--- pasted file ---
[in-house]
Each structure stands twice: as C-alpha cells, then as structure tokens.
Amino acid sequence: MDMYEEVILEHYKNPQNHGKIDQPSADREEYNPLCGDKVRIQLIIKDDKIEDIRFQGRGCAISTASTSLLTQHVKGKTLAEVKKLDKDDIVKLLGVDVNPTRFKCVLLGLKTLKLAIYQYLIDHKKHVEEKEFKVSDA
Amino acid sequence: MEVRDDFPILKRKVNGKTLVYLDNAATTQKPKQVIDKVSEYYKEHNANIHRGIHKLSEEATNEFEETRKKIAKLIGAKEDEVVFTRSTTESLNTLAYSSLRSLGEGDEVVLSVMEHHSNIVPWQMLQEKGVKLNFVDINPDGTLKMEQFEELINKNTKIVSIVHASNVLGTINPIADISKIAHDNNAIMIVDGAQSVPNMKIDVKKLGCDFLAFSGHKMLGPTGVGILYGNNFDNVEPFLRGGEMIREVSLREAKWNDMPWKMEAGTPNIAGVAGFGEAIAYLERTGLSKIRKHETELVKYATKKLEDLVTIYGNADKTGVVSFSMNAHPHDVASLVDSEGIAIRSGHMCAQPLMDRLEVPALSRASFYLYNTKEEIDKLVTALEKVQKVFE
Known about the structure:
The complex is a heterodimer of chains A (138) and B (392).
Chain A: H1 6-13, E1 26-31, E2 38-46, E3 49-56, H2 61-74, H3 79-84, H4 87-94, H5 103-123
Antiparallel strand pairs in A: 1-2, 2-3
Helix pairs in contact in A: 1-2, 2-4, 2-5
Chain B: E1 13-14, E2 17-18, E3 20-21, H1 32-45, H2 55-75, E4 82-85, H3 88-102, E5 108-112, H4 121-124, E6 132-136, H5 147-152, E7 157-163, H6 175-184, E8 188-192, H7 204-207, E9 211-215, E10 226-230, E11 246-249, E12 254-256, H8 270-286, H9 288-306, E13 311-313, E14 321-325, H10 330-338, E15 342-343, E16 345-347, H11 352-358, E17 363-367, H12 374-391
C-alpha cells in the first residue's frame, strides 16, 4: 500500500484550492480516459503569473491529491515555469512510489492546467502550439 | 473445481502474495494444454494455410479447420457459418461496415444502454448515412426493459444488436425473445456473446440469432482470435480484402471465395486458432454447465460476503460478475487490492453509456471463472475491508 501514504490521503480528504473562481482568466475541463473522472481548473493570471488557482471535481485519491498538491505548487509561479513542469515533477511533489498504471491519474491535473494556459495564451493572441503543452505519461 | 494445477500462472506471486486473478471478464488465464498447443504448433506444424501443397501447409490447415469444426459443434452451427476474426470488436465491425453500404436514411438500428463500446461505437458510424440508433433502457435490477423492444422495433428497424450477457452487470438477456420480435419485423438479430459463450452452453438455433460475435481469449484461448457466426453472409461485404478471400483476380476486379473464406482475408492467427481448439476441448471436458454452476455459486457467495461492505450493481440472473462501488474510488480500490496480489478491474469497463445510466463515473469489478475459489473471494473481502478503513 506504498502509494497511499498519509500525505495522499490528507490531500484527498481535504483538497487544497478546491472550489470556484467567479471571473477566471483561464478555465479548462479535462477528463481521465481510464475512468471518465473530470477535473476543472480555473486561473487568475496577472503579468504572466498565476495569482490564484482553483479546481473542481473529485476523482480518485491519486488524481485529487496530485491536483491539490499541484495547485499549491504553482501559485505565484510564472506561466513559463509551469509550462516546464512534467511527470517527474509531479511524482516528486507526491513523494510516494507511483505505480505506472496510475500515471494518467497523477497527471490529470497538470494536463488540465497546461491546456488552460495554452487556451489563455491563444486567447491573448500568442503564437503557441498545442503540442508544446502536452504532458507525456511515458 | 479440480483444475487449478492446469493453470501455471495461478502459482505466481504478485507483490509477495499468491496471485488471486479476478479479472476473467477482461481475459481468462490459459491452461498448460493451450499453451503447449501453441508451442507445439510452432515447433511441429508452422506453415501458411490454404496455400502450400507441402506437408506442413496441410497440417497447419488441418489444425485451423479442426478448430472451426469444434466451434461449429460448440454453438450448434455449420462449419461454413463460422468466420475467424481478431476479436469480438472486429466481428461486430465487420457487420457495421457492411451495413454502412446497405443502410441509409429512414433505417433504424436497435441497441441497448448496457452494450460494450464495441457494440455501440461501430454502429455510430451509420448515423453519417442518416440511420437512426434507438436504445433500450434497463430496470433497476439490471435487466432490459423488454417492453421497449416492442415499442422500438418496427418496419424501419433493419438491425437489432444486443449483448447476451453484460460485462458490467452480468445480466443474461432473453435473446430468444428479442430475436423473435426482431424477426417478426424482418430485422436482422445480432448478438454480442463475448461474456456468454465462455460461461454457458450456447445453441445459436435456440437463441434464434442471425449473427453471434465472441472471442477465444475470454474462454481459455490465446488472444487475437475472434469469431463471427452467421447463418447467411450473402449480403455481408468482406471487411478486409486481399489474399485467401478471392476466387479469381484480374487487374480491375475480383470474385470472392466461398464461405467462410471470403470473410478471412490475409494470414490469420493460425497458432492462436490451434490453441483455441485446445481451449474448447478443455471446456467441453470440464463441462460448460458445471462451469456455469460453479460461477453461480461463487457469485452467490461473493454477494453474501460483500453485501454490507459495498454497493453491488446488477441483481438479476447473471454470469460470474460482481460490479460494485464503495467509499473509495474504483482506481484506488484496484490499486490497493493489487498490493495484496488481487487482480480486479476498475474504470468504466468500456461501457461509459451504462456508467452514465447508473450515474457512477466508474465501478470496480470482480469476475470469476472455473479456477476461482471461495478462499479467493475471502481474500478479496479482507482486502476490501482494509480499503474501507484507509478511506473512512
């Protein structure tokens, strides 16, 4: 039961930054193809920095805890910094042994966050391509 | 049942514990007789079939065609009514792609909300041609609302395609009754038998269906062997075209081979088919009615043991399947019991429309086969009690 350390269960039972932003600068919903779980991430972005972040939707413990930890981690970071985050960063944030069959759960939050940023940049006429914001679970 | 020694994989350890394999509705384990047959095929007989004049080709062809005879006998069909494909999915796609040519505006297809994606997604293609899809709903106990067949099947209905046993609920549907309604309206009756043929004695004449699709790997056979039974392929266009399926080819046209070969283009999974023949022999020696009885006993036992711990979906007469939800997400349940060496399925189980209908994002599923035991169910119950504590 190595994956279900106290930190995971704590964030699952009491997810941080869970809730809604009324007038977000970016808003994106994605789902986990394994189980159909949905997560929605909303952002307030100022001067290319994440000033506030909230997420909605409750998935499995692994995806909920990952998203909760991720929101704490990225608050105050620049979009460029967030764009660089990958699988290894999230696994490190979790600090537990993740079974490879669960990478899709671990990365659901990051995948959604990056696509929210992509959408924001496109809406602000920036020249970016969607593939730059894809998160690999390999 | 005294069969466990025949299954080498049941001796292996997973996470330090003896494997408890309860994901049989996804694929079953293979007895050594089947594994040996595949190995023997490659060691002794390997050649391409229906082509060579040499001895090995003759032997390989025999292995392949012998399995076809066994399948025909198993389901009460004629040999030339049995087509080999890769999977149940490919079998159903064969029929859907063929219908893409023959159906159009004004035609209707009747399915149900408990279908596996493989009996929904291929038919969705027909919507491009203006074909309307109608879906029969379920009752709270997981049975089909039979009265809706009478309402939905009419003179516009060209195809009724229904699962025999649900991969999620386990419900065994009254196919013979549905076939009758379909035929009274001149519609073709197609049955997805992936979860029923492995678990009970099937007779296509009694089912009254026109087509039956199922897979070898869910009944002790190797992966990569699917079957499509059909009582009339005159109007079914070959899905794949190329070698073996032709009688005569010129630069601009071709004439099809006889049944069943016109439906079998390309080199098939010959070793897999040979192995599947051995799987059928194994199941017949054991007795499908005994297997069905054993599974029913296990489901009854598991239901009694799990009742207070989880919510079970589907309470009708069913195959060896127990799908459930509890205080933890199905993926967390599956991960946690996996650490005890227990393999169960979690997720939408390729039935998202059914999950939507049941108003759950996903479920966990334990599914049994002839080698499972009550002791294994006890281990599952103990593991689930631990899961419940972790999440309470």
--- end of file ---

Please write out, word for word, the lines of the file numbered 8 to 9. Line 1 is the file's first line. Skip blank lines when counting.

Antiparallel strand pairs in A: 1-2, 2-3
Helix pairs in contact in A: 1-2, 2-4, 2-5